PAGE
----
Initiate a comprehensive compliance program that commits to providing ongoing training, monitoring, and follow-up. This will minimize billing mistakes, reduce denials, maximize revenues, and satisfy the government’s expectation that billing practices are proper and legal. If the government initiates an investigation of the practice, a well-documented compliance program minimizes the chances of proving any intentional wrongdoing on your behalf. [pagebreak]
Many practices create a staff position of Coding Compliance Manager. This will vary depending on the individual needs of the practice and its size. In smaller settings, like a solo practice, the Coding Compliance Manager may be the office manager. In a group setting the coding compliance “department” may consist of one individual who has multiple responsibilities or an entirely separate department with multiple employees. The Coding Compliance Manager should be responsible for monitoring and conducting audits as well as identifying risk areas. Other responsibilities should include conducting educational and training programs, reporting coding issues, monitoring changes in federal and state guidelines, and ensuring that coding staff and vendors understand the practice coding compliance guidelines. This individual will likely have an extensive coding background. An understanding of federal and state regulations is also important. Other desirable skills and knowledge sets include:
- Familiarity with fraud and abuse regulations;
- Charge-master or charge-creation experience;
- Claims and billing experience and an understanding of the relationship between coding and billing;
- Familiarity with the local Medicare contractor; and
- communication, management, and human-relations skills. [pagebreak]
This individual will be your main coding expert. When hiring for this position, consider an individual who has a thorough understanding of coding systems. It is preferable that this individual have course work in medical terminology, anatomy and physiology, pathology, and reimbursement systems.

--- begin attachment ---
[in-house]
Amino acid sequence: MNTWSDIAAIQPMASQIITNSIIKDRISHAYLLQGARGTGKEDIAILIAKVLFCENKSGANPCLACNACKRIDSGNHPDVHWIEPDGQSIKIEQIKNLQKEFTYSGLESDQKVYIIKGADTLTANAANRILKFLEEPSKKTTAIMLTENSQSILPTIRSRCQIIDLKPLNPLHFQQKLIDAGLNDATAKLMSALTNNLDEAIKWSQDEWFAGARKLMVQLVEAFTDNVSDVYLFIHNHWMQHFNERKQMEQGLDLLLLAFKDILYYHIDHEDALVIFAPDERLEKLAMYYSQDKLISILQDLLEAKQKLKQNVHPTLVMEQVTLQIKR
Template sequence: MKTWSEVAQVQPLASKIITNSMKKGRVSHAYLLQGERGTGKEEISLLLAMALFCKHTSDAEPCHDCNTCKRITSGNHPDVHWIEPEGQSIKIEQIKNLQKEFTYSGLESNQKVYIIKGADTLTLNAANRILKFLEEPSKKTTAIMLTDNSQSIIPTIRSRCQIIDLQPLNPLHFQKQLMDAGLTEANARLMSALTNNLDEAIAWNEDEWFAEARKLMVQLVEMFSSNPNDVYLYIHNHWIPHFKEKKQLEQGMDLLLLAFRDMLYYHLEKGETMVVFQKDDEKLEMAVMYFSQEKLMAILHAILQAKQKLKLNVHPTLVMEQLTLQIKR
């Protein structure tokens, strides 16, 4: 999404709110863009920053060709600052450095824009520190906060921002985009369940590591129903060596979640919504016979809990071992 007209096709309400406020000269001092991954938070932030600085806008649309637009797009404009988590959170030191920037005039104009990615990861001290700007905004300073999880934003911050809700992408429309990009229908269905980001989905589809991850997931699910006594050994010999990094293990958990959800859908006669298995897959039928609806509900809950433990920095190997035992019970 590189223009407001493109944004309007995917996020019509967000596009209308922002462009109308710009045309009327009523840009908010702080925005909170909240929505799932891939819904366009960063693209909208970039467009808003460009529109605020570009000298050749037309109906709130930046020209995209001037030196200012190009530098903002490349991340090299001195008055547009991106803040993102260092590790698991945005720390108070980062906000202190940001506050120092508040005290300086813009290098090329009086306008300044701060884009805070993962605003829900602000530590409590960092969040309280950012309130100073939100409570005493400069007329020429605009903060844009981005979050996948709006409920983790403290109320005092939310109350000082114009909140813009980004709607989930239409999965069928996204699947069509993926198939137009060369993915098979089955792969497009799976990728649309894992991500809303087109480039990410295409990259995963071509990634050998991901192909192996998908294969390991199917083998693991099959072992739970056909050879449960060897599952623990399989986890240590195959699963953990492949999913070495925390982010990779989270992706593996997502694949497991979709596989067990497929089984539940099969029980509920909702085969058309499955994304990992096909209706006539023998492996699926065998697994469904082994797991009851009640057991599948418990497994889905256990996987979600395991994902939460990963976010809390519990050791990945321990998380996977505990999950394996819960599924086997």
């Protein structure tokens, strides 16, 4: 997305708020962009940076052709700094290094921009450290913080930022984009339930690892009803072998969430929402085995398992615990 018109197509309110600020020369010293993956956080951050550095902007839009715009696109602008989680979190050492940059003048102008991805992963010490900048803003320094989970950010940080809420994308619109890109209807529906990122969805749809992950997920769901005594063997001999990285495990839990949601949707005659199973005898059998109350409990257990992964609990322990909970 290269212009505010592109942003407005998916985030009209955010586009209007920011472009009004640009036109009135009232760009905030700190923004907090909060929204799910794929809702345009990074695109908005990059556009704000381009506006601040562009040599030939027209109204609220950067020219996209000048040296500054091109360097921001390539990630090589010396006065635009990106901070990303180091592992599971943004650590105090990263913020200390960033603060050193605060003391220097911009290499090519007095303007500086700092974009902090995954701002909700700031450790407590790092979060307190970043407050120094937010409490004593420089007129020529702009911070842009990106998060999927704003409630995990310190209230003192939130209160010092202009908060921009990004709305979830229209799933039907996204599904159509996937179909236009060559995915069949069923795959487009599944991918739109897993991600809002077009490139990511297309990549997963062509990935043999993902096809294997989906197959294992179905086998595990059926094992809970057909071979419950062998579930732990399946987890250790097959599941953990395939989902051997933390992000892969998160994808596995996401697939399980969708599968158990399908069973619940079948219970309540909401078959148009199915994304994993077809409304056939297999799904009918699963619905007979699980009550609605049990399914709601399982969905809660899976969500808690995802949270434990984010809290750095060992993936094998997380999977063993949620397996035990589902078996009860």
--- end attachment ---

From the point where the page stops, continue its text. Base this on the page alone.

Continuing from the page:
In a department with multiple employees you need to set levels of supervision, determine who has authorization to do what, and spell out job-specific functions. For example, you may have a lead person for your accounts receivable section who oversees other employees who work on collection of money due to your practice, review the billing statements for accuracy, and handle any over-the-phone payments and/or credits. If refunds are being generated here, set dollar limits and require approval over a specific figure. When handling follow-ups, you need a lead person (supervisor) who can help direct employees with appeals. At a certain appeal level, make sure a supervisor is reviewing the response before it is submitted to ensure that everything has been handled appropriately before you run out of options to appeal. [pagebreak]
Invest in your employees. One way to reduce errors in coding and billing is to provide adequate and appropriate training sessions for your staff and yourselves. These sessions should be periodic and mandatory. This can be one of the responsibilities of your Coding Compliance Manager. One way to obtain topics is to track and trend the issues that are requiring the most follow-up. If there is a consistent issue with a particular modifier, or with modifier use in general, make this one of the topics. Test your staff to assure that they understand the correct use of the CPT and HCPCS modifiers.